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The EMS industry is a small town in a globalized world of connectivity. Professionals in the industry are bound to cross paths at some point in their careers, whether from catastrophic forces of nature, such as The Johnstown Flood, or through innovative training and research at the Center for Emergency Medicine in Pittsburgh. Many build each other up for success with ingenuity and technological advancement during their colorful journey through the medical and EMS realm. Kevin L. Parrish, now a Lead Clinical Research Associate at Sanofi Pharmaceutical, portrays a vibrant past that started in Indiana, PA. Additionally, as a little-known fact, a lot of history that has paved way to the advancement of medical services started out in Southwestern Pennsylvania ranging from leaders to medical technologies.

Since it is common for those in the EMS industry to learn and become adaptable in their medical duties, launching his career path in 1975 at 17 years-of-age, Parrish started at Citizens’ Ambulance in Indiana, PA., right after his graduation of high school, is no surprise. With no experience, he started as an EMT in learning and absorbing the fast-paced industry around him and soon became a paramedic. Forty-three years later, Parrish continues his legacy through medical research.

At the time in 1977, Parrish crossed paths with other Savvik Says profile, John Z. Zaragoza, by working by his side during the flood zone for six weeks in providing safety and emergency medical services to the community. Both men are now leaders in their specific fields today but reside in completely different parts of the U.S. from Florida to Pennsylvania, even though each has Southwestern, PA. roots.

Owner of Citizens’ Ambulance in Indiana, PA, Jerry Esposito, started a program known as Freedom House Ambulance, which led to the development of city EMS in Pittsburgh, Pennsylvania, with the help of Doctor Peter Safar in the late 1970’s.  Today, Dr. Safar is considered to be the father of modern CPR.

While in the doctoral program at The University of Pittsburgh, Parrish’s area of study focused on CPR. Safar was on his committee while he was working on his PhD that helped carve out the defining moments in his passion for medical advancements. The University of Pittsburgh has been nationally recognized for its paramedic-training program, in which Parrish has been on faculty at the Center for Emergency Medicine since 1982 while molding and coaching the future generations of EMS leaders.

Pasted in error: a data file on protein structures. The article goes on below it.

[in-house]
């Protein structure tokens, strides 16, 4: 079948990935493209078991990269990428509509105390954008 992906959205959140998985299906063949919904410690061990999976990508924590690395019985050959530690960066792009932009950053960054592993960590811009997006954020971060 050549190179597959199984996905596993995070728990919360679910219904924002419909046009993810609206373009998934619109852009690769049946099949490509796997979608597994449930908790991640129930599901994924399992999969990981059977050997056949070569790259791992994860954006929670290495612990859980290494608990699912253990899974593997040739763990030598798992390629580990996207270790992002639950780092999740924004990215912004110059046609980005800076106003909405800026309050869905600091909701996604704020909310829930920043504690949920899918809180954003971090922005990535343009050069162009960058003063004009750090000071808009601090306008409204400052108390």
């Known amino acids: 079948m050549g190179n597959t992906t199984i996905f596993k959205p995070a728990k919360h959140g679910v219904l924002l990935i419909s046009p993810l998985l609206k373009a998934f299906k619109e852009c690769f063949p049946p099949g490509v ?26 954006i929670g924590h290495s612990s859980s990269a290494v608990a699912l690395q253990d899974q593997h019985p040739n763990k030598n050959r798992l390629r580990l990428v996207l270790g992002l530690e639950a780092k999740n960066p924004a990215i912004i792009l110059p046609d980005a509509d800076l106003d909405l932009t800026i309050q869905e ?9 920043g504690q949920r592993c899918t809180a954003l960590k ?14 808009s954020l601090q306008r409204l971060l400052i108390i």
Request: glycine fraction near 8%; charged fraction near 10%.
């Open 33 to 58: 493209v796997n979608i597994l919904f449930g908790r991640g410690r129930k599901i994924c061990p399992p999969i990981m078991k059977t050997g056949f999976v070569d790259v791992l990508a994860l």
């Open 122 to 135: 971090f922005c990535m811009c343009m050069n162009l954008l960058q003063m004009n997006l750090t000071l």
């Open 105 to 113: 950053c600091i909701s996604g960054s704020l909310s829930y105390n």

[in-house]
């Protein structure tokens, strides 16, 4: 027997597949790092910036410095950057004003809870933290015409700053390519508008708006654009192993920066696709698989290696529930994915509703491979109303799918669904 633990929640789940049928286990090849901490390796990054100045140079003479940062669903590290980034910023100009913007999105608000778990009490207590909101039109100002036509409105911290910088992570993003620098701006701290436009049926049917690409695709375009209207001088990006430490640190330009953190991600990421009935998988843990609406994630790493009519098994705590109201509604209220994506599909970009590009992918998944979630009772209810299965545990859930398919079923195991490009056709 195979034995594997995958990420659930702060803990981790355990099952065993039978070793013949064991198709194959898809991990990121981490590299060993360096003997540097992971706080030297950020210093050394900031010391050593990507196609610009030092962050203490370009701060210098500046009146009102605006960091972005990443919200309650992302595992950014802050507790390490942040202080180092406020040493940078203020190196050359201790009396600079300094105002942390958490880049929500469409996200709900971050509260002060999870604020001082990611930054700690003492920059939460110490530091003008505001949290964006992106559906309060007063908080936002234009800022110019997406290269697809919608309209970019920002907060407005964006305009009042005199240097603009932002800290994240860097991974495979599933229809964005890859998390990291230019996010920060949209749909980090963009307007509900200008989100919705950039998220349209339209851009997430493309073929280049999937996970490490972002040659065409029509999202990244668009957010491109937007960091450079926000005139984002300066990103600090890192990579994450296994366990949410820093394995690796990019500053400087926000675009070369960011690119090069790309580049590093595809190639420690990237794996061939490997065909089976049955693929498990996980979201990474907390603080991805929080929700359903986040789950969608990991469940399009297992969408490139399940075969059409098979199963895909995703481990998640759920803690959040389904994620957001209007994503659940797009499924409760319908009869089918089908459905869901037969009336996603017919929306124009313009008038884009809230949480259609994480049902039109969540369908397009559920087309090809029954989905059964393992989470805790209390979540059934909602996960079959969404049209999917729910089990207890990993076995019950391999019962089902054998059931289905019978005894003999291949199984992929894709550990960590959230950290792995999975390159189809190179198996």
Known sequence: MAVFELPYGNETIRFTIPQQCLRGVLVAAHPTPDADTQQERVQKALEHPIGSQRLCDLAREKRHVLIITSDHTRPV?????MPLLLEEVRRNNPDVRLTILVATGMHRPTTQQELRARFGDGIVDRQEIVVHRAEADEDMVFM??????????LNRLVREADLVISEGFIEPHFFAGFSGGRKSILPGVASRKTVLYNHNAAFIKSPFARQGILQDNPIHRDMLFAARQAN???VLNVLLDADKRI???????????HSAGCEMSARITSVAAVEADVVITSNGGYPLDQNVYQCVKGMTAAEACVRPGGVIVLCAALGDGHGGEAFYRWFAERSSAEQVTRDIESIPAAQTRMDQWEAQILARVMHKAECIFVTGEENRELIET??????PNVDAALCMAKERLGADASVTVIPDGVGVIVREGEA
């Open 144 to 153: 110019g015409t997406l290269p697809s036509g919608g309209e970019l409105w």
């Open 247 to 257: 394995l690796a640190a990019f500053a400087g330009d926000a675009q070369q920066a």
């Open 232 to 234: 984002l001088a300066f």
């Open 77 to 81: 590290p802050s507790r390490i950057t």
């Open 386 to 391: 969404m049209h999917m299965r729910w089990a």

From there, Parrish worked at Actronics, Inc. in 1985 as the Director of Product Development for computerized education and human simulators. In 1997, Actronics was sold to a Norwegian company known as Laerdal. Parrish became the Director of US Clinical Research for Laerdal Medicine, in which he directly led efforts nationwide while helping counterparts of facets worldwide.

“Find your passion, and enjoy what you do in life,” says Parrish. “The EMS industry provides a lot of opportunities and innovative work that requires time, patience and determination. The combined intelligence and efforts of others while focusing on your own journey becomes rewarding in the end for advancement for all.”

Today, Kevin Lee Parrish works at Sanofi Pharmaceutical, the third largest pharmaceutical company in the world. His beginning in Southwestern Pennsylvania, along with his colleague support, has carved the path of excellence for the advancements in the medical and EMS Industry. Intelligence and guidance has been a gift, and has helped him along his journey through the medical realm. He has earned these opportunities through hard work and determination that allows him to manage a team of research associates at Sanofi Pharmaceutical that monitors research sites for safety and compliance of FDA regulations, IRB regulations, and all ethical research. Who knew that Southwestern PA would provide the powerhouse of minds that have made great strides for the advancement of EMS?

The hero image is kind of a special picture…. I am standing next to Tore Laerdal, CEO of Laerdal Medical corp showing off our new SimBaby, human infant simulator.  I wrote the functional specifications for SimBaby, translating what doctors and nurses wanted to see the simulator do medically to the software and hardware engineers at Laerdal so they could build it.  One of the more interesting features was Simulating a seizure.

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